The last two days I really worked my lower body leaving me pretty sore today. I could barely walk up and down the steps, it was more of a waddle. So did I still workout today knowing I was that sore? Yes, I did.
Now, I don’t want to tell you to just jump right in and keep pushing on your sore muscles. You really need to listen to your body and determine what it can or cannot handle. But there are ways to still get a workout in if you are feeling sore.
Focus A Different Muscle Group
If the soreness is isolated to one part of the body then focus your next workout on a different part of the body. For Example, today my thighs were sore so I focused on my core where I did not have to use my legs quite as often during the workout.
Modify the Intensity
Personally, I feel better after I warm up the sore muscles during a workout. I do not usually go as intense as I would if I was 100%. Reduce your range of motion; don’t go as deep into the lunge or the whole way to the floor with a push up. Lighten your weights; choose a lighter weight or don’t use any weight at all depending on your level of soreness.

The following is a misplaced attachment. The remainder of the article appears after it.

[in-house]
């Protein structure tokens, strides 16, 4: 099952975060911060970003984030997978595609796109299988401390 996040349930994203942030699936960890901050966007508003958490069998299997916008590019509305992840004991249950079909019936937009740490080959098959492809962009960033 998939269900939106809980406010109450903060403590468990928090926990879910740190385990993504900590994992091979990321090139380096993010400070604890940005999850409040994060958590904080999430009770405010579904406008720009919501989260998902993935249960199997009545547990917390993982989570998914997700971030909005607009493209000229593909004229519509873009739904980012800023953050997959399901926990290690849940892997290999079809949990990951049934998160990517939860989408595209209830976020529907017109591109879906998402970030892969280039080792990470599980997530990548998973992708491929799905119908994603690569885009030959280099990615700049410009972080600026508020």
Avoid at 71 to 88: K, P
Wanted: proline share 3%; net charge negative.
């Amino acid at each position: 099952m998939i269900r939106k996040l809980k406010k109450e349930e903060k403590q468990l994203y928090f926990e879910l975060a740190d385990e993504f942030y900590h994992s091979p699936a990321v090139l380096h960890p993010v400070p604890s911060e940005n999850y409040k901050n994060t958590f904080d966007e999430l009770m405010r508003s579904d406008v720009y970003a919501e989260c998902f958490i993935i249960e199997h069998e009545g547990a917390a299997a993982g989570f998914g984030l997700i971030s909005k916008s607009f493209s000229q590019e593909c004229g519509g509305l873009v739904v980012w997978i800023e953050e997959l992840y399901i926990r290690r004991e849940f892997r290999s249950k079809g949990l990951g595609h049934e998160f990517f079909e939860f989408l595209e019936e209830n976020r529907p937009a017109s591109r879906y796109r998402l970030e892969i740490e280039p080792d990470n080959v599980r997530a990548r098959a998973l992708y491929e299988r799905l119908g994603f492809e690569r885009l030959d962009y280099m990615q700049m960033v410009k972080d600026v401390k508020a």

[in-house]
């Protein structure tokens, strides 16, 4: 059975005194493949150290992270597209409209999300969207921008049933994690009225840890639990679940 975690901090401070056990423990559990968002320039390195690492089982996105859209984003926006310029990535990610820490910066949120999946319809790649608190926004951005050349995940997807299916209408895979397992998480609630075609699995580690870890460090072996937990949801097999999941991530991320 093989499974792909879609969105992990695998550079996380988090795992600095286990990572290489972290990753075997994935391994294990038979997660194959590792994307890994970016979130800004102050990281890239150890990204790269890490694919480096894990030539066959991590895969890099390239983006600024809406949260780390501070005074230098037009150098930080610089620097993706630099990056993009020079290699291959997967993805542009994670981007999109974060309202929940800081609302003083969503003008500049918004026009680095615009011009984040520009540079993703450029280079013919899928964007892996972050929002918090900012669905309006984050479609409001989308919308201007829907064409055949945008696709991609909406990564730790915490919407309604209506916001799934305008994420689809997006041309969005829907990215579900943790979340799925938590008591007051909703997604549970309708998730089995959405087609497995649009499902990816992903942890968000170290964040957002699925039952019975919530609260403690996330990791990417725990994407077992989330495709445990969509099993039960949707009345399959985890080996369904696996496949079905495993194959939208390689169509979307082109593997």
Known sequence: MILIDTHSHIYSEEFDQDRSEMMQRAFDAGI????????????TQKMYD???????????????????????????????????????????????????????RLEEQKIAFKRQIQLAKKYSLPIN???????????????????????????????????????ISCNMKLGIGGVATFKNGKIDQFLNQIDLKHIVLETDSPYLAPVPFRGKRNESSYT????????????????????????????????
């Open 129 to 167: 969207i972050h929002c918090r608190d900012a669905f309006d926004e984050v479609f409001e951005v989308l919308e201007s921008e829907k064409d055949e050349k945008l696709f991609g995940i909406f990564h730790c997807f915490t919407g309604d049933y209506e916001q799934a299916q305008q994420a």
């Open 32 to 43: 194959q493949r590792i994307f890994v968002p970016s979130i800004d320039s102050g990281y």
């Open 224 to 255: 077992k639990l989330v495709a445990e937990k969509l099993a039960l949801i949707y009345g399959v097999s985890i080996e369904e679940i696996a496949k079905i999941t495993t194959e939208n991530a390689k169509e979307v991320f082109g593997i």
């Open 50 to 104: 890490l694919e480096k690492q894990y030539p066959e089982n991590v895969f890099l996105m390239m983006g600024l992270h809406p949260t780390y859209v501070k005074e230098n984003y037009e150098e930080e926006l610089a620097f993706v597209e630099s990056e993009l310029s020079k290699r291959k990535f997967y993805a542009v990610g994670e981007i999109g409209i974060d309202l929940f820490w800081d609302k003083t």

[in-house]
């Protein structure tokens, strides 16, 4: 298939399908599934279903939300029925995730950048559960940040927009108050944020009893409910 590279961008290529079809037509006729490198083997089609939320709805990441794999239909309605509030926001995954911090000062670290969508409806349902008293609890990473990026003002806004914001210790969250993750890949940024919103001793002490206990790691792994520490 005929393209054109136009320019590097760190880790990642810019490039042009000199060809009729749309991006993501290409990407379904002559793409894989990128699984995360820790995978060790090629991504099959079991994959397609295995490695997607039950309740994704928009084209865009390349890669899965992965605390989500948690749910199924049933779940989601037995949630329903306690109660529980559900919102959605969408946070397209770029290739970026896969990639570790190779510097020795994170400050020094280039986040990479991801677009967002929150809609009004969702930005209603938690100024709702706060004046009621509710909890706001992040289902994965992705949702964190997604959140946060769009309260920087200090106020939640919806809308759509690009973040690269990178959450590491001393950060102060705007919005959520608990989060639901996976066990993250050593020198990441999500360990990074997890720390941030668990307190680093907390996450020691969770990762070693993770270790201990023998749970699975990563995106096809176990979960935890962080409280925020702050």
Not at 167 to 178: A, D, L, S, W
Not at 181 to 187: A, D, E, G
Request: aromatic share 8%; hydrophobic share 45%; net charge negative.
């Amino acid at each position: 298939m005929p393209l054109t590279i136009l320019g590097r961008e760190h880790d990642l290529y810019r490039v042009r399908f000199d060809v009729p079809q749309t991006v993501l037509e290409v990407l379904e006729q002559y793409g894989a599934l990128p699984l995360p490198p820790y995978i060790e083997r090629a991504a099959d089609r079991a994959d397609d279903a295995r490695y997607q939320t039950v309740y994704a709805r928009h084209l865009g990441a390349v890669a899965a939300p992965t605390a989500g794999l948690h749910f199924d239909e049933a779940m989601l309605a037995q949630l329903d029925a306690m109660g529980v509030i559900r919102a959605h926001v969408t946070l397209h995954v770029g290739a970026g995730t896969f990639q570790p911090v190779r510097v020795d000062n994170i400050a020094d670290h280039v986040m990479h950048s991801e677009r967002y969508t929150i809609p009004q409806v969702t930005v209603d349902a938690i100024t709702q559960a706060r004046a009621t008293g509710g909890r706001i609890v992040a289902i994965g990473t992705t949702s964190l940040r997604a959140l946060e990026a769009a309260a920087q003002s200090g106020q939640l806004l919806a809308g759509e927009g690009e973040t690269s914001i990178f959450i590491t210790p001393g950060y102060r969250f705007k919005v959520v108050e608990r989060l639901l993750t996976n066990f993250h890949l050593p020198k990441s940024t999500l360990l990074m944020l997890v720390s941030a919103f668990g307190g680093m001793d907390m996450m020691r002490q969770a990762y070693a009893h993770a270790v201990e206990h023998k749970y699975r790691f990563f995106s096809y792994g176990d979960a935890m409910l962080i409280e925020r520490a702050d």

Make Sure You Do Your Warm Up
A lot of people will just jump right into their workout. I used to be one of these people. However, this can really increase the chances that you will hurt later. Warm Ups increase your body temperature and will increase blood flow to the muscles. Not to mention it can help to mentally prepare yourself for the actual workout!
Do Not Skip The Cool Down
It slows down your heart rate and blood pressure gradually. When blood pressure drops too rapidly can cause dizziness or fainting. Stretching during the cool down is ideal also because your muscles are already warm and by stretching you can reduce the chance of muscle cramps and stiffness.
To summarize, really listen to your body. It is okay and even sometimes can help to workout when you are sore, but if you feel that you will injure yourself then take it really easy with low intensity or stretching.